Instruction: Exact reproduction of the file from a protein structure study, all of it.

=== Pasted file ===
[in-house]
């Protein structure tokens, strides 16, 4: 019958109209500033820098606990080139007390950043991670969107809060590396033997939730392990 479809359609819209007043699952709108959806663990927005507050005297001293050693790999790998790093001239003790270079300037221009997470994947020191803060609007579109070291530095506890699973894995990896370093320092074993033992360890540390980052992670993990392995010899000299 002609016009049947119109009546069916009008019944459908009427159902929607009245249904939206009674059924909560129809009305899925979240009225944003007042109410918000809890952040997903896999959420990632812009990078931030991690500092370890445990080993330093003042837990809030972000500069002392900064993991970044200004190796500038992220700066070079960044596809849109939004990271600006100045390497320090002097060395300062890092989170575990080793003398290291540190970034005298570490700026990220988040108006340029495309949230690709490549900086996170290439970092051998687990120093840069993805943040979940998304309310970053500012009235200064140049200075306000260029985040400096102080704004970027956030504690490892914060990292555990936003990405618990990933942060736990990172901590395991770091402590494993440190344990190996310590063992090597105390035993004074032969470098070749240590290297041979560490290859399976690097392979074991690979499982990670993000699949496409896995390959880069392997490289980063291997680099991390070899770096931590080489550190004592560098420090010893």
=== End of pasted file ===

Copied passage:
[in-house]
């Protein structure tokens, strides 16, 4: 019958109209500033820098606990080139007390950043991670969107809060590396033997939730392990 479809359609819209007043699952709108959806663990927005507050005297001293050693790999790998790093001239003790270079300037221009997470994947020191803060609007579109070291530095506890699973894995990896370093320092074993033992360890540390980052992670993990392995010899000299 002609016009049947119109009546069916009008019944459908009427159902929607009245249904939206009674059924909560129809009305899925979240009225944003007042109410918000809890952040997903896999959420990632812009990078931030991690500092370890445990080993330093003042837990809030972000500069002392900064993991970044200004190796500038992220700066070079960044596809849109939004990271600006100045390497320090002097060395300062890092989170575990080793003398290291540190970034005298570490700026990220988040108006340029495309949230690709490549900086996170290439970092051998687990120093840069993805943040979940998304309310970053500012009235200064140049200075306000260029985040400096102080704004970027956030504690490892914060990292555990936003990405618990990933942060736990990172901590395991770091402590494993440190344990190996310590063992090597105390035993004074032969470098070749240590290297041979560490290859399976690097392979074991690979499982990670993000699949496409896995390959880069392997490289980063291997680099991390070899770096931590080489550190004592560098420090010893």